The transitional government faced fresh violence in October – a shootout at a military barracks near Bissau, killing six people.

But the drug trafficking creates the “biggest headache,” Mutaboba said, and it seems to be intensifying since the coup, with drops day and night by sea and air with ever-changing routes.

Master of Science in Humanitarian Studies at Fordham University

Mutaboba said that he had tried to impress the Security Council to look at the sources, the transits and the destinations of the trafficking. The drugs originate in Latin America — Brazil, Colombia and Venezuela, primarily – route through Guinea-Bissau and other West African nations and land in Europe, the media has reported.

Indeed, “very weak law enforcement capacity” in the country, a UN report said, provides organized criminal groups “with an avenue for the unchallenged use of the territory as a transit point for international drug trafficking.”

Allegedly, the report adds, this “happens with the support of members of the defence and security forces, as well as members of the political elite.”

Presidential elections are scheduled to occur by May 2013, but with Europe withholding aid, Guinea-Bissau cannot foot the bill alone or with just UN help. Even if financial conditions were met, it is not clear how elections would change the political dynamic. Although Parliament has begun meeting again, the military is adamant that it will not accept Gomes if he wins the presidency.

“I don’t think it will be possible to resolve these problems with elections,” Nhamadjo told a reporter in Bissau last month.

Although Guinea-Bissau’s situation may not be as threatening to West African stability as Mali‘s, where a coup upset national politics and jihadists dominate the north with weapons and Sharia law, there are indications that Guinea-Bissau’s “international marginalisation has made a number of actors even keener and more dependent on shipping drugs through,” Vincent Foucher, a senior analyst with the International Crisis Group, a nonprofit entity that monitors national breakdowns, said in an e-mail to PassBlue.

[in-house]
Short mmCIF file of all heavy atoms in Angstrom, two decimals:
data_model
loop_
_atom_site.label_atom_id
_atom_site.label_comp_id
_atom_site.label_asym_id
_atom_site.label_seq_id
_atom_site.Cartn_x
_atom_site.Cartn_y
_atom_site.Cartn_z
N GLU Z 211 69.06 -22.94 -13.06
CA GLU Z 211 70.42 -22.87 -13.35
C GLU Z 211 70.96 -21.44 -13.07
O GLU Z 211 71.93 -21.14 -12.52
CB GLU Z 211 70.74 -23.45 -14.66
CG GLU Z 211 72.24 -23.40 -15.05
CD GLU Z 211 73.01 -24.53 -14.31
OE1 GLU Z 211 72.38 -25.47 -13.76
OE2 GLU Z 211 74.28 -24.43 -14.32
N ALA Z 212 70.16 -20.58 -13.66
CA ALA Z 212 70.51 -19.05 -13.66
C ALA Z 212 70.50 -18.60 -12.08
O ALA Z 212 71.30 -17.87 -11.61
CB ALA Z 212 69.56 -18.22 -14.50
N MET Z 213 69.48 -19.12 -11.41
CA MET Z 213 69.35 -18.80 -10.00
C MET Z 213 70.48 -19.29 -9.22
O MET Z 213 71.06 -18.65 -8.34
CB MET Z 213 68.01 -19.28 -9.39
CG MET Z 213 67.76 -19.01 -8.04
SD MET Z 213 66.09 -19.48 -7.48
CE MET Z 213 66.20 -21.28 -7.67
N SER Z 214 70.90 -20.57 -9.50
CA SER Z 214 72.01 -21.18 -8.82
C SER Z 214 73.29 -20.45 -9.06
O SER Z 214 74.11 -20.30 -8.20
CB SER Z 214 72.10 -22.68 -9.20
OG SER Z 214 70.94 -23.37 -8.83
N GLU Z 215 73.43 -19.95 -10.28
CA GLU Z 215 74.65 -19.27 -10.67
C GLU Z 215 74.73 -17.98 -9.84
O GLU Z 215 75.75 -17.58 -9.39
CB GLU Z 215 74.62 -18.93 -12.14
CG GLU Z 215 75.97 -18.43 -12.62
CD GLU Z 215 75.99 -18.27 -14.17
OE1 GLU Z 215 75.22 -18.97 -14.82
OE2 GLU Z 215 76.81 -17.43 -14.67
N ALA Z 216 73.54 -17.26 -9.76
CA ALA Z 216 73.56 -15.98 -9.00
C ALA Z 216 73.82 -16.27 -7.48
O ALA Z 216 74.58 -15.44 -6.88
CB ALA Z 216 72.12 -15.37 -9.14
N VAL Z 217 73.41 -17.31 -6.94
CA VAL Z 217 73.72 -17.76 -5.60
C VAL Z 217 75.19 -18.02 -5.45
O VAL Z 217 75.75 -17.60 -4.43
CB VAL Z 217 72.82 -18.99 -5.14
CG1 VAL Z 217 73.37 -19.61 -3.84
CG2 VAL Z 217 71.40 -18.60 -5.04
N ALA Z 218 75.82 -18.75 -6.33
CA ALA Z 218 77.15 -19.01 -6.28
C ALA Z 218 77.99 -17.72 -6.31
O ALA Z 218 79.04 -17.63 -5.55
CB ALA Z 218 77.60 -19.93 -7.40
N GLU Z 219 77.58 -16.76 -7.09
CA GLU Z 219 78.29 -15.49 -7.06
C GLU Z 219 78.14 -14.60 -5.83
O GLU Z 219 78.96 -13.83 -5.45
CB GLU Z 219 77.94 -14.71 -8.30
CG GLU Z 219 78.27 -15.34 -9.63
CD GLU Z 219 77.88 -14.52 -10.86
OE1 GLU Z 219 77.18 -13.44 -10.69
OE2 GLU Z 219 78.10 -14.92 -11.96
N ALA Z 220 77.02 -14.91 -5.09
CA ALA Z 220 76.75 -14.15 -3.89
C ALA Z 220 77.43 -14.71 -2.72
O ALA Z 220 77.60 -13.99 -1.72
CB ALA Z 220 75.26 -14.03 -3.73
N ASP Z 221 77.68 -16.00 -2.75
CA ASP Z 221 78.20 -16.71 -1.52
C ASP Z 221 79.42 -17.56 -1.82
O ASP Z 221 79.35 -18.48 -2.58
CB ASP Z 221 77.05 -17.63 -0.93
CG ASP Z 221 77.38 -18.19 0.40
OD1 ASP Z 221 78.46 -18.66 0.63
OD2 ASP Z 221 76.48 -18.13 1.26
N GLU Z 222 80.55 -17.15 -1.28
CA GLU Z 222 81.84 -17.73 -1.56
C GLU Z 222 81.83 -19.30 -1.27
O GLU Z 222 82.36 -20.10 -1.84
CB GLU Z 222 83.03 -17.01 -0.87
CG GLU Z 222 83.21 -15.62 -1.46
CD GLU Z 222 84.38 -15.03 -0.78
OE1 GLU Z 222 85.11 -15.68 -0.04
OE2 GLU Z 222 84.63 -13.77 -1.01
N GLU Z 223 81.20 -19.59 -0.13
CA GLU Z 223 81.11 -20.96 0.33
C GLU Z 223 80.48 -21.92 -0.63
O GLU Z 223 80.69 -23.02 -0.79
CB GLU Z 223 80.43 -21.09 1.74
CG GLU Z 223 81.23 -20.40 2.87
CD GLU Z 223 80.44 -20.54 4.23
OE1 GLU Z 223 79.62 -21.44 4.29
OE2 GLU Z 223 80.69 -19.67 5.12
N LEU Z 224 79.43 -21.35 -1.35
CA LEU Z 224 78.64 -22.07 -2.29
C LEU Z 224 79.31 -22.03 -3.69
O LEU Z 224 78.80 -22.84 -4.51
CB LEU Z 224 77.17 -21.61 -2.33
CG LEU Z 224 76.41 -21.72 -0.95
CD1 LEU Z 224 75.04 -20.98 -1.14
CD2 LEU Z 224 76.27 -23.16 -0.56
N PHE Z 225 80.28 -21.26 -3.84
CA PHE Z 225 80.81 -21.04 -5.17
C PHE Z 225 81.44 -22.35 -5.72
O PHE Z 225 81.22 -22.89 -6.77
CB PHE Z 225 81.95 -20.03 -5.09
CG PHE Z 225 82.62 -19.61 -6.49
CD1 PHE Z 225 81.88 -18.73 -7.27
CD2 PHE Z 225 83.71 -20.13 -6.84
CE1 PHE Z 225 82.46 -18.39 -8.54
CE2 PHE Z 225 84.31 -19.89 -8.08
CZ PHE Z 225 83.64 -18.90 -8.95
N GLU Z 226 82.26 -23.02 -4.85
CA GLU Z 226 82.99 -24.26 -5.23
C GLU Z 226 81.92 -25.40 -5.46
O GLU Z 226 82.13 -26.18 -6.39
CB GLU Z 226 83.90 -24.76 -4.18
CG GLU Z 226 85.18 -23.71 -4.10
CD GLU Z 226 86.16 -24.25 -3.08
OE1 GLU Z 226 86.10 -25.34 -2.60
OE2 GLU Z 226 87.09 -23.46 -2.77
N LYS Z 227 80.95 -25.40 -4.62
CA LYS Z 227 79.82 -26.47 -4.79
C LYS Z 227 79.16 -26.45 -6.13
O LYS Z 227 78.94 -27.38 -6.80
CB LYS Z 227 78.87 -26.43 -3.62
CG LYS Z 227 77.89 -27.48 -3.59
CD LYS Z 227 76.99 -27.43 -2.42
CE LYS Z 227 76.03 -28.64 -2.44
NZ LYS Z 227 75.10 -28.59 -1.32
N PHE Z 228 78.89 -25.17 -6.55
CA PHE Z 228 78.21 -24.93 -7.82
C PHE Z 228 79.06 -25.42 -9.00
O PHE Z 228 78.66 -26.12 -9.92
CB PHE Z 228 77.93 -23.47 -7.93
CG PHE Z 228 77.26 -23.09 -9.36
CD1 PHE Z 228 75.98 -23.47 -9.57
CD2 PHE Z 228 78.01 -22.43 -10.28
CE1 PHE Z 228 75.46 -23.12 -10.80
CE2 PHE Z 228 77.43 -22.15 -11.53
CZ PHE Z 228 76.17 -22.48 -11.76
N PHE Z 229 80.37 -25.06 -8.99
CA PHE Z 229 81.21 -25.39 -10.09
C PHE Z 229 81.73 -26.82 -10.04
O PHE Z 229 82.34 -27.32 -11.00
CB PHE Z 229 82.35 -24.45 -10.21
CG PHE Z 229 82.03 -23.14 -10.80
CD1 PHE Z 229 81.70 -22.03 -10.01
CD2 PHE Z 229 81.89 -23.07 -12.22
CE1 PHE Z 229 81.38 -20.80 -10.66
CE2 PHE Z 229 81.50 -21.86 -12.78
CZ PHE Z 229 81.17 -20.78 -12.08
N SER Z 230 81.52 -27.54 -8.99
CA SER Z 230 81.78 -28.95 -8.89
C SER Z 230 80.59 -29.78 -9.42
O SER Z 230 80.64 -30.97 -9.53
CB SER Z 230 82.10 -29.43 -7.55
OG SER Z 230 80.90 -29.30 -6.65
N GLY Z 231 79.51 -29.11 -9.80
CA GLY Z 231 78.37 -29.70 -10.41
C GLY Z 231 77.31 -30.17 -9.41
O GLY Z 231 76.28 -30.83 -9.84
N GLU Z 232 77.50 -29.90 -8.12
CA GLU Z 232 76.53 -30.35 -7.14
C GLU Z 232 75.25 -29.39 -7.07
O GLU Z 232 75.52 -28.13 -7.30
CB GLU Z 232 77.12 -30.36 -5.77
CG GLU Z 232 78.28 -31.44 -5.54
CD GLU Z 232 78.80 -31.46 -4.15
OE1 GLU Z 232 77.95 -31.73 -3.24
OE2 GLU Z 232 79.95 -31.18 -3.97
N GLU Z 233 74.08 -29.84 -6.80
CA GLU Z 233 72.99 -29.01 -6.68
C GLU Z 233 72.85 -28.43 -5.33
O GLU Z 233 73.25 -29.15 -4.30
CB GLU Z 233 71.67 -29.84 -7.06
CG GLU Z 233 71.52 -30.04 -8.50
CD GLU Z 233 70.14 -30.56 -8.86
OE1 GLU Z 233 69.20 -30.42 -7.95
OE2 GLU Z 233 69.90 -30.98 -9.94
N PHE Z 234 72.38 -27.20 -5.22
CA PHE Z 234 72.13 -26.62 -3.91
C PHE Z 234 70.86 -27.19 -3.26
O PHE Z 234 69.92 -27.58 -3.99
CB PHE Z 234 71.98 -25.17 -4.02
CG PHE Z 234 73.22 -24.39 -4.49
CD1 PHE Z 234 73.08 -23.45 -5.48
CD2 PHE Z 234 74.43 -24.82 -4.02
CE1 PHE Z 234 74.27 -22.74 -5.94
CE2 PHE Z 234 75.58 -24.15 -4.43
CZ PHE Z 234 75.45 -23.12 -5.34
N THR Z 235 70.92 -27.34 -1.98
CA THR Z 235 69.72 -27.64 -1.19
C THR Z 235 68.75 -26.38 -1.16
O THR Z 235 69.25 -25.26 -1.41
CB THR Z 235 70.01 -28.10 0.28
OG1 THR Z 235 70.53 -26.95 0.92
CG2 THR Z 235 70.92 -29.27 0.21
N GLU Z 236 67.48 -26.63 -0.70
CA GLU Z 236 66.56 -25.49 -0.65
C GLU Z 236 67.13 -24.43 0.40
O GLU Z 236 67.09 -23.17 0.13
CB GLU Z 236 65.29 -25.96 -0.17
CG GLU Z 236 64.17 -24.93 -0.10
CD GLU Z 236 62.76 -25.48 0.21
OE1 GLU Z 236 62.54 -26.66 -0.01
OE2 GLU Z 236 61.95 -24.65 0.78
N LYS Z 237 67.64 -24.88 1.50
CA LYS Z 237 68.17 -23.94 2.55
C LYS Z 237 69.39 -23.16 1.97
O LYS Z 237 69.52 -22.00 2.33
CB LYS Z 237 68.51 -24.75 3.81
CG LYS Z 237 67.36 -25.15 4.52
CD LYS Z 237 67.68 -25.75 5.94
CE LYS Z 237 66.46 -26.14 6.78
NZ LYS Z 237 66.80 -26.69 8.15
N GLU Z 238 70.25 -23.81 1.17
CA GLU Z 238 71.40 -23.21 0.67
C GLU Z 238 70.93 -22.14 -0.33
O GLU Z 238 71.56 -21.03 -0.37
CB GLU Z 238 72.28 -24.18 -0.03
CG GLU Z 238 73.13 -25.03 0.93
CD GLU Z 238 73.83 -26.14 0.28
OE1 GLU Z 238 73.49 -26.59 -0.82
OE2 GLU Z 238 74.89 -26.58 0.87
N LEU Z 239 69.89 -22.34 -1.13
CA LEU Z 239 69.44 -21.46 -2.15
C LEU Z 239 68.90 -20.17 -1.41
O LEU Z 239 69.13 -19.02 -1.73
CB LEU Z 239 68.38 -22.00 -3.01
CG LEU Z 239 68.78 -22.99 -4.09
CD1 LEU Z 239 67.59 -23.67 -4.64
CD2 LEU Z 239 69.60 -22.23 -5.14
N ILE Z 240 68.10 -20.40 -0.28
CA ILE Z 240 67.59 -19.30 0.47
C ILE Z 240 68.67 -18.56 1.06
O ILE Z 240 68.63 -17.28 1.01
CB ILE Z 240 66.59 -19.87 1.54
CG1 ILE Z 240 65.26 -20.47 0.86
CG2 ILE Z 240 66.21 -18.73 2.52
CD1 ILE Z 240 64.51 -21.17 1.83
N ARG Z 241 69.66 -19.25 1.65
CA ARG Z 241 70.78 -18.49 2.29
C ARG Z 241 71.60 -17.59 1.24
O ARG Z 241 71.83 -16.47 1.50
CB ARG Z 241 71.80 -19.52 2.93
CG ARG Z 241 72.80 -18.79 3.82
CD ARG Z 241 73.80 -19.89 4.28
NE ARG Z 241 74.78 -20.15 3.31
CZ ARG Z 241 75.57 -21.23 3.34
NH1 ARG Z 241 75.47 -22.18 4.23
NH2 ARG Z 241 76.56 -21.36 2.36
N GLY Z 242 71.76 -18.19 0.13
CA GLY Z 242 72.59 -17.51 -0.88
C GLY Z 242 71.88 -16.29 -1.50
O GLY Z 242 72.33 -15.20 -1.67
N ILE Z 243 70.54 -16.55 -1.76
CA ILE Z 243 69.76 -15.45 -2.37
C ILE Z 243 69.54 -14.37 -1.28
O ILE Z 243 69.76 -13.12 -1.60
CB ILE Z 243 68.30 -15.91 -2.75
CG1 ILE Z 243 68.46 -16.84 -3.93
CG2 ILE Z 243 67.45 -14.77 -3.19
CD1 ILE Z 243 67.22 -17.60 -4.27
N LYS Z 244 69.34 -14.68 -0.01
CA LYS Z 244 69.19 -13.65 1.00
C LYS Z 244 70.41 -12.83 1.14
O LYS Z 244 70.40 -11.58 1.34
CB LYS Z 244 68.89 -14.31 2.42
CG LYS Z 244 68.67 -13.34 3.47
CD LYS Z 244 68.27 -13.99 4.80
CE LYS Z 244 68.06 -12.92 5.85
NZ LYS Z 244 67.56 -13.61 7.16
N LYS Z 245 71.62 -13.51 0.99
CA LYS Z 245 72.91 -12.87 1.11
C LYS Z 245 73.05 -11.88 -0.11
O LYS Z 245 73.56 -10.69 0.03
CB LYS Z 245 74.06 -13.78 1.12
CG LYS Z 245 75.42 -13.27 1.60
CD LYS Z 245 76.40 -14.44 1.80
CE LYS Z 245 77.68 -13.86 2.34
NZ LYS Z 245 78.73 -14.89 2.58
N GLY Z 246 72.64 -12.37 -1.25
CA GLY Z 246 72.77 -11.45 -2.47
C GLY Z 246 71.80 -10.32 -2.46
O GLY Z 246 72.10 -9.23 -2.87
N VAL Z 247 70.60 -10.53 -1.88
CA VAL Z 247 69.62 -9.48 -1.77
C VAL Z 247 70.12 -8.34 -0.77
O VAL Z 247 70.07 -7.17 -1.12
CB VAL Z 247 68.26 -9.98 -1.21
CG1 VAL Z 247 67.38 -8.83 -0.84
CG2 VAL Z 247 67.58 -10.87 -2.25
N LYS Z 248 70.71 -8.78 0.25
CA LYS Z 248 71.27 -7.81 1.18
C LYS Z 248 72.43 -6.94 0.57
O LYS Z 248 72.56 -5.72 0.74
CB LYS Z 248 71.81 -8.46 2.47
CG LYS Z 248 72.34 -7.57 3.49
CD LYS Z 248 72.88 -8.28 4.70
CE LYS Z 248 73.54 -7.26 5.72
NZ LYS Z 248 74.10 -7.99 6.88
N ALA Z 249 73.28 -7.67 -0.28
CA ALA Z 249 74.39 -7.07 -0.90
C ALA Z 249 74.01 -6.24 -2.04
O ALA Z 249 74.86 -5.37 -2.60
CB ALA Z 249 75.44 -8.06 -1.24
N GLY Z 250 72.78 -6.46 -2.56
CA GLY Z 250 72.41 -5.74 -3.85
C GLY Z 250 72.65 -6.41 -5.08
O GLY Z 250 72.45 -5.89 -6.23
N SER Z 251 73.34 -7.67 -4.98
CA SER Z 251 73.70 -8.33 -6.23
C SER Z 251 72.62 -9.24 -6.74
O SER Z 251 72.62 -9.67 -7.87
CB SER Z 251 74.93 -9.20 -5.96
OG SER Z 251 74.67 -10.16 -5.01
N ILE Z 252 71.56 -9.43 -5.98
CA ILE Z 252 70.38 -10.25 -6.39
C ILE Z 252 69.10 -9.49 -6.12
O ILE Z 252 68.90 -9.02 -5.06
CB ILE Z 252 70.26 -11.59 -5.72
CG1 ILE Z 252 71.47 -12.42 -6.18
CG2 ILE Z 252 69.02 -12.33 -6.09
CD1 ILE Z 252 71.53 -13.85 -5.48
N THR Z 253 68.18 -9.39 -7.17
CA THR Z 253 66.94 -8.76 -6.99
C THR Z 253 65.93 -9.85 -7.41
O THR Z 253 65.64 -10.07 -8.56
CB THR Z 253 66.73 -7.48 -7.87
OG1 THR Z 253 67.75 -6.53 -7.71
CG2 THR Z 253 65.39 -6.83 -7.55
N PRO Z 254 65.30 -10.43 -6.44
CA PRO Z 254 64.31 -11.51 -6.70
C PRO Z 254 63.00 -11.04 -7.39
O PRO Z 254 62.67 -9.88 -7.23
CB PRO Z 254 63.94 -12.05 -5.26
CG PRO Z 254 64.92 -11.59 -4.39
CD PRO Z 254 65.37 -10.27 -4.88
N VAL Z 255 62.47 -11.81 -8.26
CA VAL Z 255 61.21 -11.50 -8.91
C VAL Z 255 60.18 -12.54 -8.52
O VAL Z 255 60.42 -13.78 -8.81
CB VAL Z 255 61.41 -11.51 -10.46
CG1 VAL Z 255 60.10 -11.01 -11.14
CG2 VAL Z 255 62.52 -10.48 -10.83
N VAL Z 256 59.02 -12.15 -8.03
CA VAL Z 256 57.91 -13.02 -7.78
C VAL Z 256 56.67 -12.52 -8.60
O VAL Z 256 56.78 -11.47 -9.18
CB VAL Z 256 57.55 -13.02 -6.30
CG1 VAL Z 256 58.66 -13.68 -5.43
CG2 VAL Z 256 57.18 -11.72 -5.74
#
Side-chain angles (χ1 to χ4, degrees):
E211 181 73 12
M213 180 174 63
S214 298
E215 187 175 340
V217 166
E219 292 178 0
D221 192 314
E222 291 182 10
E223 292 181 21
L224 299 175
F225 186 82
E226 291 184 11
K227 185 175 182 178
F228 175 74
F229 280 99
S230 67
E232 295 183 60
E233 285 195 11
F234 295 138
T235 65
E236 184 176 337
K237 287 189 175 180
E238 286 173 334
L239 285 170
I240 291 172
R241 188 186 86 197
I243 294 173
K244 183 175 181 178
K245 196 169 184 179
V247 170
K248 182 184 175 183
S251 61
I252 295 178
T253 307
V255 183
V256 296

He added that in a West Africa, “with countries in uneasy transitions or messy politics nearby (Guinea, Sierra Leone, Liberia, Ivory Coast, the situation in both northern and southern Mali, the Casamance conflict in southern Senegal), maybe one more mess could be usefully avoided, because we do know that situations can connect.”

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Dulcie Leimbach

Dulcie Leimbach

Dulcie Leimbach was a fellow of the Ralph Bunche Institute for International Studies at the Graduate Center of CUNY from 2012 to 2017. She is the founder of PassBlue, for which she edits and writes, covering primarily the United Nations, West Africa, peacekeeping operations and women's issues. For PassBlue and other publications, she has reported from New York and overseas from West Africa (Burkina Faso, Mali and Senegal) as well as from Europe (Scotland, Sicily, Vienna, Budapest, Kyiv, Armenia and The Hague). She has provided commentary on the UN for BBC World Radio and Background Briefing with Ian Masters/KPFK Radio in Los Angeles.

Previously, she was an editor for the Coalition for the UN Convention Against Corruption; from 2008 to 2011, she was the publications director of the United Nations Association of the USA, where she edited its flagship magazine, The InterDependent, and migrated it online in 2010. She was also the senior editor of UNA's annual book, "A Global Agenda: Issues Before the UN." She has also worked as an editorial consultant to various UN agencies.

Before UNA, Leimbach was an editor at The New York Times for more than 20 years, editing and writing for most sections of the paper, including the Magazine, Book Review and Op-Ed. She began her reporting career in small-town papers in San Diego, Calif., and Colorado, graduating to the Rocky Mountain News in Denver before she worked in New York at Esquire magazine and Adweek. In between, she was a Wall Street foreign-exchange dealer. Leimbach has been a fellow at Yaddo, the artists' colony in Saratoga Springs, N.Y.; taught news reporting at Hofstra University; and was a guest lecturer at the Columbia University Graduate School of Journalism. She graduated from the University of Colorado and has an M.F.A. in writing from Warren Wilson College in North Carolina. She grew up mostly in Oyster Bay and Huntington, Long Island, where her family moved a dozen times, ending up in Santa Barbara, Calif. Her first exposure to the UN was at age 8, on a summer Sunday visit with her mother and sisters, where she was awed by the gift shop. Leimbach now lives in Brooklyn, N.Y.